Dr Tina O'Toole
BA English University College Dublin, 1991
MA Women’s Studies, University College Dublin 1993
PhD English, University College Cork 2001
Late Victorian and Edwardian literature, in particular the cultural production and activism of the New Woman project at the fin de siècle from the perspective of late 20th century literary and ideological theories; Anglo-Irish writing 1880-present; Irish feminist activism.
Dr. O’Toole has recently come to Queen’s from University College Cork, where she held one of the prestigious IRCHSS (Government of Ireland) Post-Doctoral Fellowships last year. From 1999-2000, she was Project Researcher at the Women in Irish Society Project. There, she liaised with an international panel of experts in the field of Irish literature, and managed a team of local researchers, to compile a biographical dictionary of Munster women writers 1800-2000. The finished Dictionary of Munster Women Writers, of which Dr. O’Toole is General Editor, contains over 560 entries for both English and Irish-language writers, and will be published later this year by Cork University Press. The project has recently been awarded further funding by Cork 2005 City of Culture Programme (see www.ucc.ie/opa/pr/PRWomenWritersProject.html) which will facilitate the construction and maintenance of an online searchable database available at the project website www.ucc.ie/munsterwomen.
She has also colluded with Dr. Linda Connolly on the first archival study of the late 20th century Irish women’s movement, Documenting Irish Feminisms, which is currently in press. This study maps the development of second-wave feminism in Ireland using a wide range documents and visual images. A number of neglected themes in both the analysis and documentation of Irish feminist politics, and the social history of late twentieth century Ireland are advanced in this comprehensive volume.
Dr. O’Toole is currently working on two “New Woman” writers, Sarah Grand (1854-1943), and George Egerton (1860-1945), in the context of fin-de-siècle ideological struggles. Her research is located within the fields of Anglo-Irish literature, feminist, and postcolonial literary theory. The Irish backgrounds of many New Woman writers, and the Irish dimension within their material, have been overlooked, as has Egerton’s investment in Scandinavian forms. These aspects of their work and identities will be considered in this research. Until recently, little work has been done on the history of feminist activism and cultural production in Ireland, and little investment made in uncovering the records of feminist activists and groups, which this project seeks to redress.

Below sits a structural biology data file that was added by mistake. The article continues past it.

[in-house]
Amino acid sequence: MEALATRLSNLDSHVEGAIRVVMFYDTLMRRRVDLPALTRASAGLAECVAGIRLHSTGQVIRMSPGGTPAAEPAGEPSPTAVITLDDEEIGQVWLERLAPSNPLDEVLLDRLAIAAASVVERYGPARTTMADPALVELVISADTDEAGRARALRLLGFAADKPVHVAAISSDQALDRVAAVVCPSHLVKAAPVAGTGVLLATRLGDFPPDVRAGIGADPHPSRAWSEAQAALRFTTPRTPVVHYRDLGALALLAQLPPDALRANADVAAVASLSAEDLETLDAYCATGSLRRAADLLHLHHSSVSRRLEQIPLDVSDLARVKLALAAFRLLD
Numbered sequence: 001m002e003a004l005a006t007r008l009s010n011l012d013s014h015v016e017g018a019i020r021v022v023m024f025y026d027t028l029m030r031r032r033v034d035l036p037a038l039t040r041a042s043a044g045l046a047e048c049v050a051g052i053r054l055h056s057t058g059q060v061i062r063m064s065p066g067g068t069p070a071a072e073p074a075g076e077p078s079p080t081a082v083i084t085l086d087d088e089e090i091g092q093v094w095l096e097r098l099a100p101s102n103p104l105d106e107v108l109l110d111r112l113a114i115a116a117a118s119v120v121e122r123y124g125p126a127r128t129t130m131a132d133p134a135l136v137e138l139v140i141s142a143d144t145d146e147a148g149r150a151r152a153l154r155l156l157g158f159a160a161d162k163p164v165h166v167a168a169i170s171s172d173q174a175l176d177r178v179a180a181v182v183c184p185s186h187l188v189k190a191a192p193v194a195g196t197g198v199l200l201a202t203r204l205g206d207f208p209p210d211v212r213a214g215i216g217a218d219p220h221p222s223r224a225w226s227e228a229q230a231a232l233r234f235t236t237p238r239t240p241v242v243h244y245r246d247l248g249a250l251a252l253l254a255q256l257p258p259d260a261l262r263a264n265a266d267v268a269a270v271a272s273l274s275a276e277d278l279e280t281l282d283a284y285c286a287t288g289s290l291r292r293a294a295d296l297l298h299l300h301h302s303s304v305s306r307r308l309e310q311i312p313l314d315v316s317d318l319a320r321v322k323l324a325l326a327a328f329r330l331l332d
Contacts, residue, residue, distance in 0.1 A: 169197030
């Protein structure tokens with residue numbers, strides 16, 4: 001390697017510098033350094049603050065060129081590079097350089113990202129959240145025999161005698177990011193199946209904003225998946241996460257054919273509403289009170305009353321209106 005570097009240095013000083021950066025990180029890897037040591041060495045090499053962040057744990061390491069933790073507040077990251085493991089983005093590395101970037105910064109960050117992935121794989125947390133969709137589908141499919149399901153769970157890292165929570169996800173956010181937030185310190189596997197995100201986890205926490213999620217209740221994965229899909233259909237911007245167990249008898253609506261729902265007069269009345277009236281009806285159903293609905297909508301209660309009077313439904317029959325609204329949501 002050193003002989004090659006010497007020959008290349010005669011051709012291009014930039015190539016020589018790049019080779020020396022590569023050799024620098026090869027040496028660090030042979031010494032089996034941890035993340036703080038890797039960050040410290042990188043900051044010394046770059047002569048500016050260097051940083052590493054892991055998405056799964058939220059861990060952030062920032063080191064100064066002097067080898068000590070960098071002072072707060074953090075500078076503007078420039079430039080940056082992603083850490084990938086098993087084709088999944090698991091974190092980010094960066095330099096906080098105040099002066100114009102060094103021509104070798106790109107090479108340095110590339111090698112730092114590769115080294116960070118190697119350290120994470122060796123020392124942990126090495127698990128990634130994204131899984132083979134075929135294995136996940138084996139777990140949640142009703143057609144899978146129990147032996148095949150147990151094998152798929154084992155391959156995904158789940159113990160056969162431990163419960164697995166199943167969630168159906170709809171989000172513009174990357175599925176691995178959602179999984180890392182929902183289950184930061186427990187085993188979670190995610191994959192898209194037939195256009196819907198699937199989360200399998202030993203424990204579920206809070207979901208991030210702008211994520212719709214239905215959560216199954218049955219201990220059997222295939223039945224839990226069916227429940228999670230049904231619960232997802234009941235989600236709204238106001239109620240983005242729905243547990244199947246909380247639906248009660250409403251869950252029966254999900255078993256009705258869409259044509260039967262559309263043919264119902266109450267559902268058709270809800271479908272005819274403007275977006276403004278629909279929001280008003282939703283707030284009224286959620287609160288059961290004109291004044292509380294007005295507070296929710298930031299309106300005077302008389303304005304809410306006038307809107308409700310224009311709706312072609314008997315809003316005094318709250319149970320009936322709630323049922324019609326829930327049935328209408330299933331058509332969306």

Selected Publications & Papers
In addition to the full-length studies mentioned above, her publications include:
“Keynotes from Millstreet, Co.Cork: George Egerton’s Transgressive Fictions”. Irish Women Novelists 1800-1940. Ed. Anne Fogarty. Spec. issue Colby Quarterly 2 (June 2000) 145-156.
“‘Hermaphrodite by Force of Circumstances’: The New Woman Project of the 1890s”. Irish Journal of Feminist Studies 5.1&2 (2003) 111-124.
“The New Woman and the Boy in fin de siècle Irish Fiction”. New Voices in Irish Criticism 5. Dublin: Four Courts Press, forthcoming 2004.
“ Ireland: The Terra Incognita of the New Woman Project”. Out of Context: Irish Nineteenth-Century Women’s Prose. Ed. Heidi Hansson. London: Colin Smythe, forthcoming 2004.
She has also contributed biographical essays on George Egerton, Katherine Cecil Thurston, and ‘Iota’ [Kathleen Mannington Caffyn] to the Gill and Macmillan Encyclopaedia of Ireland 2003; and a literary biographical essay on Sarah Grand in Irish Women Writers: An A-to-Z Guide. Ed. Alexander Gonalez, Greenwood Press, forthcoming 2004.